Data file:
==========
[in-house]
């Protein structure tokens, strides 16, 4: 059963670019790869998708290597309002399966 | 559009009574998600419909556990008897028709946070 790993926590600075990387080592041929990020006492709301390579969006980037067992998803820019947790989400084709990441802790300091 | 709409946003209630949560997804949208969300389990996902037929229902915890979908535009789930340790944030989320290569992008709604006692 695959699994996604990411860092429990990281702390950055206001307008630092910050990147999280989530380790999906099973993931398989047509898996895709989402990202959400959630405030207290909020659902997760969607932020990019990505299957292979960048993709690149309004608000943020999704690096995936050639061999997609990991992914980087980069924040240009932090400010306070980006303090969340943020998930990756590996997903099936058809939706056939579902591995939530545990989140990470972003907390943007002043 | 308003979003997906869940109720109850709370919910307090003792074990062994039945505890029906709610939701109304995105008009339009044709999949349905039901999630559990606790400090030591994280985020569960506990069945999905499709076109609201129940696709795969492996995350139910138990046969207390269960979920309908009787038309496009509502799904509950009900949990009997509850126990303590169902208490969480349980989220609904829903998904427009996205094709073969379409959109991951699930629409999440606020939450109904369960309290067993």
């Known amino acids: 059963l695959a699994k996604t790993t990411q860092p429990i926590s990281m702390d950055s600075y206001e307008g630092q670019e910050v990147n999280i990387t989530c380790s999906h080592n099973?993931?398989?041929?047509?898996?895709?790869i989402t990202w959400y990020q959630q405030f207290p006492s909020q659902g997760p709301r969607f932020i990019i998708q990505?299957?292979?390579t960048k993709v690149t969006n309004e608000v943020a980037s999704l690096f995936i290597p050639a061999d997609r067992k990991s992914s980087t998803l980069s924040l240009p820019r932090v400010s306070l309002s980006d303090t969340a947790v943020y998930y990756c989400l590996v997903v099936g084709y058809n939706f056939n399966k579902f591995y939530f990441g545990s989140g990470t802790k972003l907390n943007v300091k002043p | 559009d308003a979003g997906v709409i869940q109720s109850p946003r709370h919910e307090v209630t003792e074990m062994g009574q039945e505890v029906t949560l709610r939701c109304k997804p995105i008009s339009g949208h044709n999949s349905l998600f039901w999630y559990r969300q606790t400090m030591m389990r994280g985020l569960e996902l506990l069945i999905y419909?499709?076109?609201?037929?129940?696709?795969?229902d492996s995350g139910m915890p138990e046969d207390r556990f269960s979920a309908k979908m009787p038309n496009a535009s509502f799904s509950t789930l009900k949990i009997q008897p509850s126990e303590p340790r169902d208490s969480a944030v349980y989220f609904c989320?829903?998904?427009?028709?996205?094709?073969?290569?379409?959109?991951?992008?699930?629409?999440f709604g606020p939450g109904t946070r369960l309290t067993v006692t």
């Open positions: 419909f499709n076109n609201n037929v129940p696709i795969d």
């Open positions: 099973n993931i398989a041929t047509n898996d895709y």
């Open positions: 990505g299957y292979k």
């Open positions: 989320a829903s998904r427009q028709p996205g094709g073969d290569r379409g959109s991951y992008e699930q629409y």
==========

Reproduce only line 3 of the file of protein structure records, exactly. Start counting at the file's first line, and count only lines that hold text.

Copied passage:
């Known amino acids: 059963l695959a699994k996604t790993t990411q860092p429990i926590s990281m702390d950055s600075y206001e307008g630092q670019e910050v990147n999280i990387t989530c380790s999906h080592n099973?993931?398989?041929?047509?898996?895709?790869i989402t990202w959400y990020q959630q405030f207290p006492s909020q659902g997760p709301r969607f932020i990019i998708q990505?299957?292979?390579t960048k993709v690149t969006n309004e608000v943020a980037s999704l690096f995936i290597p050639a061999d997609r067992k990991s992914s980087t998803l980069s924040l240009p820019r932090v400010s306070l309002s980006d303090t969340a947790v943020y998930y990756c989400l590996v997903v099936g084709y058809n939706f056939n399966k579902f591995y939530f990441g545990s989140g990470t802790k972003l907390n943007v300091k002043p | 559009d308003a979003g997906v709409i869940q109720s109850p946003r709370h919910e307090v209630t003792e074990m062994g009574q039945e505890v029906t949560l709610r939701c109304k997804p995105i008009s339009g949208h044709n999949s349905l998600f039901w999630y559990r969300q606790t400090m030591m389990r994280g985020l569960e996902l506990l069945i999905y419909?499709?076109?609201?037929?129940?696709?795969?229902d492996s995350g139910m915890p138990e046969d207390r556990f269960s979920a309908k979908m009787p038309n496009a535009s509502f799904s509950t789930l009900k949990i009997q008897p509850s126990e303590p340790r169902d208490s969480a944030v349980y989220f609904c989320?829903?998904?427009?028709?996205?094709?073969?290569?379409?959109?991951?992008?699930?629409?999440f709604g606020p939450g109904t946070r369960l309290t067993v006692t």